"The central doctrine of Christianity, then, is not that God is a bastard. It is, in the words of the late Dominican theologian Herbert McCabe, that if you don’t love you’re dead, and if you do, they’ll kill you."--Terry Eagleton

"It is impossible for me to say in my book one word about all that music has meant in my life. How then can I hope to be understood?--Ludwig Wittgenstein

“The opposite of poverty is not wealth; the opposite of poverty is justice."--Bryan Stevenson

Thursday, February 25, 2010

Of Pearls and Pigs--Second Thursday in Lent 2010

"Don't offer dogs what is sacred, and don't throw your pearls to pigs, or they'll trample them underfoot and turn and tear you to shreds." Matthew 7:6, SV.
Huffington Post is one of the places on the web I go regularly; but I've always avoided any posts there about religion, because it always draws the most negative and, from my perspective at least, ignorant comments.

It is proof that religion is very much a part of American life that so many people are so sure they have the last word on the subject when, like the average person on matters of Constitutional law or just civil law, or physics, or molecular biology, or evolutionary biology, or music, the fine arts, even business, they know next to nothing. But they are too ignorant to realize how ignorant they are, which is their sword and shield.

I shouldn't even be saying this, except that my blog is no lightning rod for attacks by atheists and non-believers, and I can control the comments here to keep it from being that. But if you read the comments to the inaugural post by Paul Raushenbush, a post in which he explicitly calls for a "Middle Way":
HuffPost Religion hopes to offer a sane middle way for people who wish to approach religion with both heart and mind, and who believe we can have disagreements without demonization.
As a start, it would help if religious people acknowledge that non-religious people can be moral, and if atheist people would acknowledge that religious people can be intelligent. Hopefully these truisms will become evident as HuffPost Religion provides a way for people to hear from one another.
You will find that the comments are, by and large, a demonization of religious people, and an insistence that religious people cannot be intelligent.

So Thomas Aquinas and Augustine of Hippo and Søren Kierkegaard and Georges Lemaitre, to name but a few, you are known as idiots to the commenters at Huffington Post. Sorry, but they know best.

Well, they don't, of course. And I wish Rev. Raushenbush well in his venture, and I'll stop in if only to read posts from Joan Chittester (though not from Jim Wallis, who is overexposed and under-spiritualized, in my not humble-enough opinion), but I won't linger, and I won't comment.

Lent is hard enough as it is.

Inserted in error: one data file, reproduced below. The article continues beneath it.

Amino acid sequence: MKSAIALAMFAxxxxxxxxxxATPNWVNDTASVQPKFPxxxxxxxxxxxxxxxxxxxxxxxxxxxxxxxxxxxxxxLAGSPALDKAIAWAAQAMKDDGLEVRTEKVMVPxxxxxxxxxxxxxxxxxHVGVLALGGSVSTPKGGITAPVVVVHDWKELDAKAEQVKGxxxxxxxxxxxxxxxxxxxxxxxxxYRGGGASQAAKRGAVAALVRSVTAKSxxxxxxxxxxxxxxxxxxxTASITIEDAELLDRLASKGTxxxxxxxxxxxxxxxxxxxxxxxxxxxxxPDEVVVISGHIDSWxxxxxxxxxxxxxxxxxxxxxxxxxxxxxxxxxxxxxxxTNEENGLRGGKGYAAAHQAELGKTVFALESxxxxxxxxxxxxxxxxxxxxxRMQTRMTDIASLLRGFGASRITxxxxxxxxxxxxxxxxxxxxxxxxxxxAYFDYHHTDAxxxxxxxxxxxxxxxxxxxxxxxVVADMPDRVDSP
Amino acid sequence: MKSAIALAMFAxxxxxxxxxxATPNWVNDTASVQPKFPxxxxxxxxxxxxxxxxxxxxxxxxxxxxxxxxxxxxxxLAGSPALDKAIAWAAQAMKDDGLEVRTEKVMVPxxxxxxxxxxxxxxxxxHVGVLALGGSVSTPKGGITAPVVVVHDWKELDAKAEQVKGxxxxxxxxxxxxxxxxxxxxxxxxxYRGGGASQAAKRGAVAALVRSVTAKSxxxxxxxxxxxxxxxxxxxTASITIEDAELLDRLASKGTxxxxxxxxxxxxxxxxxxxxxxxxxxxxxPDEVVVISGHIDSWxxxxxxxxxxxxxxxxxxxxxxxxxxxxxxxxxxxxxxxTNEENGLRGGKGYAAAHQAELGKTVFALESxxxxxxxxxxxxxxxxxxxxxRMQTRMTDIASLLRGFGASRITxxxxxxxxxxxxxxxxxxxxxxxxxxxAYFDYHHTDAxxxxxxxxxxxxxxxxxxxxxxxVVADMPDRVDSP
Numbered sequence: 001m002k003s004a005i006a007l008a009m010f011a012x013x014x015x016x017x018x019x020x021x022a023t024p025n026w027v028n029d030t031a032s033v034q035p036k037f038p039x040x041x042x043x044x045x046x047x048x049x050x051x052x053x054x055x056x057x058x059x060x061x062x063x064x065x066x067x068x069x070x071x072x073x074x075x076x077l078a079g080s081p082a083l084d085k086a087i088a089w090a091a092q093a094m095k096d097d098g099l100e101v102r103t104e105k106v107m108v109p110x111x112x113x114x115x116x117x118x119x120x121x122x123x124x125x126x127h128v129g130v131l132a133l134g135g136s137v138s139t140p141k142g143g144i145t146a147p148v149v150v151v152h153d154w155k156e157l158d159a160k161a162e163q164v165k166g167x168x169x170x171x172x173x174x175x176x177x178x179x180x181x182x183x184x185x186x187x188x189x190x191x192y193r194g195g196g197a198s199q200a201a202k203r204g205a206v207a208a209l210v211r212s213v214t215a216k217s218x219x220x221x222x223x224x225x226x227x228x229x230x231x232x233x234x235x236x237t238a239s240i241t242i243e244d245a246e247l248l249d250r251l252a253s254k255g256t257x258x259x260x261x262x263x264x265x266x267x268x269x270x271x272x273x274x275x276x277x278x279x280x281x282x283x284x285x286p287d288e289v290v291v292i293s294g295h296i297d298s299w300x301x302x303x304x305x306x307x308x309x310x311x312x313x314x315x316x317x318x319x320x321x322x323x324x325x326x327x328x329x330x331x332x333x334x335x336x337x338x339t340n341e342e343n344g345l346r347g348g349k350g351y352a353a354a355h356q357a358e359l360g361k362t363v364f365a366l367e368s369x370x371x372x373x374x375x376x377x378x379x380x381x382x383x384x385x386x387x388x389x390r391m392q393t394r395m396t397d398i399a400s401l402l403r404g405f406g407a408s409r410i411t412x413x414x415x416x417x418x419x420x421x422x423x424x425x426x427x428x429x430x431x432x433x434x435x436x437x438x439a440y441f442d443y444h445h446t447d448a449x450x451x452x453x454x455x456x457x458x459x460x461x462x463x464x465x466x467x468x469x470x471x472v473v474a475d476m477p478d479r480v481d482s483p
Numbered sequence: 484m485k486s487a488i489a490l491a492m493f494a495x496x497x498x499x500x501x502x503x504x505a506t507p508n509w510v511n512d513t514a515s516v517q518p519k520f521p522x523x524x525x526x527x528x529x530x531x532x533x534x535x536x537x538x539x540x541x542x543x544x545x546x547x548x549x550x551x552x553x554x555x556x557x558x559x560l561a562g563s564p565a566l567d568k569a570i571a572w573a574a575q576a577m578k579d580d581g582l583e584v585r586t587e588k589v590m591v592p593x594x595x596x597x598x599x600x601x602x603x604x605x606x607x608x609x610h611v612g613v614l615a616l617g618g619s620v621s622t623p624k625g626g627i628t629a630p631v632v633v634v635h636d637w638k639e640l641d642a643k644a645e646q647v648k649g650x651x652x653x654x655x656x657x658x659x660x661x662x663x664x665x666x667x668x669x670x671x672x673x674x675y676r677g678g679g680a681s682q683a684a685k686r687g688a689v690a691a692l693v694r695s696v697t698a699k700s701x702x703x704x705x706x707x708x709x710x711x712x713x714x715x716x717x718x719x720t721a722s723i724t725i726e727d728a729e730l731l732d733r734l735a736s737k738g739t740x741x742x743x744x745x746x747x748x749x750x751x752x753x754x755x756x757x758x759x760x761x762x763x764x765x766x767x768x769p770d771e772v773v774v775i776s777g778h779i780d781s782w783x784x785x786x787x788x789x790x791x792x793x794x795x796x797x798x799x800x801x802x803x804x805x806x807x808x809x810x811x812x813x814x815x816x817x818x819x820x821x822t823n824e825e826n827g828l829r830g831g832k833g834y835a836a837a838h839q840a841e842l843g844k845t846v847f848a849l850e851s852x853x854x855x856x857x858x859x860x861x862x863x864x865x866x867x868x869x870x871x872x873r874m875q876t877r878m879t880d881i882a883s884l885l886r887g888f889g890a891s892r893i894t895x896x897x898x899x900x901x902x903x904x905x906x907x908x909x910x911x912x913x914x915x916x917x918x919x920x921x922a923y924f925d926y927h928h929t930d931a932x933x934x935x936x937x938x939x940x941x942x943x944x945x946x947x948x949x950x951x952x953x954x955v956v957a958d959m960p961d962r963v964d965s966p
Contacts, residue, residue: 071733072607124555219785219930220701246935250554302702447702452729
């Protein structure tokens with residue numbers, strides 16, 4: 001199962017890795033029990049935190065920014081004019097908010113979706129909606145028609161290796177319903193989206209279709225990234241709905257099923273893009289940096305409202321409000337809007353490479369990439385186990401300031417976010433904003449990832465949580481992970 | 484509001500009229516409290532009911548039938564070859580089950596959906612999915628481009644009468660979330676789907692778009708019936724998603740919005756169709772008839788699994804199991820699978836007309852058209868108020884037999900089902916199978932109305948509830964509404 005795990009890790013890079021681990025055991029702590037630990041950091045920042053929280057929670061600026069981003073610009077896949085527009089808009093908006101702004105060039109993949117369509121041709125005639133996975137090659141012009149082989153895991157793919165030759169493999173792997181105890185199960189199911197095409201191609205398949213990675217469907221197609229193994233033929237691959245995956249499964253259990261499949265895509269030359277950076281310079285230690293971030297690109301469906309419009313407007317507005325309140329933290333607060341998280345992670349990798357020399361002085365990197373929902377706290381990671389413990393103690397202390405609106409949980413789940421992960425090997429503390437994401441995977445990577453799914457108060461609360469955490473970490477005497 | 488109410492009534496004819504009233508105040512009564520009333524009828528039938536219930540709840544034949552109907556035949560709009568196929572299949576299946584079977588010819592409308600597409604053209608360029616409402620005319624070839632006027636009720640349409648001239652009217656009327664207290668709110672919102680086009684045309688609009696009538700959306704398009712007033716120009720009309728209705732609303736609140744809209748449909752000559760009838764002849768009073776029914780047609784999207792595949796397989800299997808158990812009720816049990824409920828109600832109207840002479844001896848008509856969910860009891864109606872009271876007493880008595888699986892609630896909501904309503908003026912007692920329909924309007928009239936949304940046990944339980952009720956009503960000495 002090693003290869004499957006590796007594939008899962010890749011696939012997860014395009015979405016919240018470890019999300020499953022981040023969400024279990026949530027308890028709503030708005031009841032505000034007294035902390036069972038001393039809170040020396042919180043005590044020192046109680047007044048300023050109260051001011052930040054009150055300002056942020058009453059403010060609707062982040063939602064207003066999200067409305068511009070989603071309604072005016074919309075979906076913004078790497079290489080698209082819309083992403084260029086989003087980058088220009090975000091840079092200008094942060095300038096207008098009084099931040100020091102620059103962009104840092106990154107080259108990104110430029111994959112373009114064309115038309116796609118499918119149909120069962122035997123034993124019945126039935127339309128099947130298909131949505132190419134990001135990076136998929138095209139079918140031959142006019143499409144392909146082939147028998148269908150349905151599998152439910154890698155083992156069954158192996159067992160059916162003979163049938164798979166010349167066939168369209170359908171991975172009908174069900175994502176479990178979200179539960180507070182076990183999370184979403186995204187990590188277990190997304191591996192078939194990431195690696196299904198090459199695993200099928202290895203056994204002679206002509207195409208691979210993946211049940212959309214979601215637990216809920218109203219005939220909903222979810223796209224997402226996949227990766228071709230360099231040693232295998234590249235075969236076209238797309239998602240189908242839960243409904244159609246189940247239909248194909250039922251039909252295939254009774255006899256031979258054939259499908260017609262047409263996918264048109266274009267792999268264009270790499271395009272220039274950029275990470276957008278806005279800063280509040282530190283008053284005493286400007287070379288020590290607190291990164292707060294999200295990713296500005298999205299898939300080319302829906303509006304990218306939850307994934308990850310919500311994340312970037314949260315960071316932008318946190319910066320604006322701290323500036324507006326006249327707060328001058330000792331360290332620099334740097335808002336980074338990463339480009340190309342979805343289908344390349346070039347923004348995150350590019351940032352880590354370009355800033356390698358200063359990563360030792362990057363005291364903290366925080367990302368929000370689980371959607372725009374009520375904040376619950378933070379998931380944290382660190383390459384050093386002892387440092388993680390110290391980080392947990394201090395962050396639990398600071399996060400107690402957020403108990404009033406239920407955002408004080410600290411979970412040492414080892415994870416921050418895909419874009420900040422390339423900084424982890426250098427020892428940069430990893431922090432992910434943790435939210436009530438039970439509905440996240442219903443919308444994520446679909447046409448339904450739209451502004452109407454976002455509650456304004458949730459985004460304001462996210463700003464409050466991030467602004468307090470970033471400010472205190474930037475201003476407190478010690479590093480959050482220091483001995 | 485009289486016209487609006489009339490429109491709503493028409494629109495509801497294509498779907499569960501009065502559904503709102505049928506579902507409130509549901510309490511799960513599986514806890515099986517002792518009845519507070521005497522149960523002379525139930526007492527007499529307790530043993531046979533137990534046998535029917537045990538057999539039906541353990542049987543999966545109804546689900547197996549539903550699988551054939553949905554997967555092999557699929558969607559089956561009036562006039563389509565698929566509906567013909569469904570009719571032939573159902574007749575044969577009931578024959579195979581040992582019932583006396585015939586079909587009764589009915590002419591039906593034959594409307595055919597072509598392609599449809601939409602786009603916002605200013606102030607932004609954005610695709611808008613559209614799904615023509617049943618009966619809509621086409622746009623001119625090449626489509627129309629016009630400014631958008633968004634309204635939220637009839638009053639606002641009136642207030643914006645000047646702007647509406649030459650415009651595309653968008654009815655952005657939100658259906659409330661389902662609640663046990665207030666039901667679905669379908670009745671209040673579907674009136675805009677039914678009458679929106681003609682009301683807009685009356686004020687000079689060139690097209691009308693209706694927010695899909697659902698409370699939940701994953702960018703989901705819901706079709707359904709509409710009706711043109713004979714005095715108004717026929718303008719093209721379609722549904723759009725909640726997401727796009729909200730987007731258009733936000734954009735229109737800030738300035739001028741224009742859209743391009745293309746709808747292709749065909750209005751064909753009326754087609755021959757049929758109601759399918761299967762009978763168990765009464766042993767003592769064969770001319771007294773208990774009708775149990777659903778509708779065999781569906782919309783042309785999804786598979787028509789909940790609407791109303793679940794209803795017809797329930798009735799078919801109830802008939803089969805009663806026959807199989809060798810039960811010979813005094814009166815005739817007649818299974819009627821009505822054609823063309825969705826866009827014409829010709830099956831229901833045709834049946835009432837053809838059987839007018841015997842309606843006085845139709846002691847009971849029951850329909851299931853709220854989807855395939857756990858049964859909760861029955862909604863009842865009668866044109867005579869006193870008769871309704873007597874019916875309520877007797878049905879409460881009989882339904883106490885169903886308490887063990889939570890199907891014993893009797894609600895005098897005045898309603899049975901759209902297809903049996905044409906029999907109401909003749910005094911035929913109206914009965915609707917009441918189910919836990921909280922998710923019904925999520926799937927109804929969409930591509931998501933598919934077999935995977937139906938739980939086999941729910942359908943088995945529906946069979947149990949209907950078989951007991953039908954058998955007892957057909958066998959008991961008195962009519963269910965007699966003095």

Blogger Grandmère Mimi said...

I suppose it's good of Huff Post to give space to the discussion of religion, but I doubt that I'll be there often.

From the already resident atheist-in-chief:

Great! Now, why don't you join me in pressing Arianna to have Hitchens, Harris and Dawkins give their views on religion. Or, are they too intolerant and fundamentalist for your taste?

I wouldn't join in pressing for the presence of the Big Three, because, across the board, they display far greater ignorance of religion than I display of science. Since I'm fairly ignorant of science, I know better than to hold forth with pretend authority on a subject about which I have little knowledge.

As you say, Robert, Lent is hard enough.

9:18 AM  
Blogger Rmj said...

Yeah, pretty much my problem, too. Mostly, I'm just tired of it. It's an endless argument with no point and no referee.

Although I've found a couple of good things over there, which I'll post about later.

10:41 AM  
Anonymous Sharl said...

On the topic of Richard Dawkins, don't know if you've seen this - "Richard Dawkins unleashes tirade against fans".

You strike me as too good a person to seek out, let alone enjoy, any moments of schadenfreude, but maybe there's some kind of lesson you can pull out of all the chaos over in Team Dawkins.

Sigh. This was prophesized in Monty Python's Life of Brian. I wish the Judeans would just pick one revolutionary organization and stay with it...

5:01 PM  
Blogger Grandmère Mimi said...

Sharl, you made my day. See what a good Christian I am? I was rolling on the floor. Where's Dawkins been? He seems quite fragile and, until now, must have led a sheltered virtual life. Is this the first time Dawkins faced ugly comments? Now he's had a taste of what certain religious bloggers experience.

5:19 PM  
Blogger Rmj said...

Reminds me (seriously) of being in the pulpit. Not that I wouldn't return, but the first thing you learn (and it's a DAMNED hard lesson) is that some people won't take you the way all your friends have, and may even treat you to vilification instead of great love and respect.

Pastors, however, are expected to work through these problems (and they should; it comes with the territory). How they do it is largely an individual tale, but when they succeed, it's a spiritual success. Something Mr. Dawkins would never understand.

Which is the funny thing....

8:11 PM  

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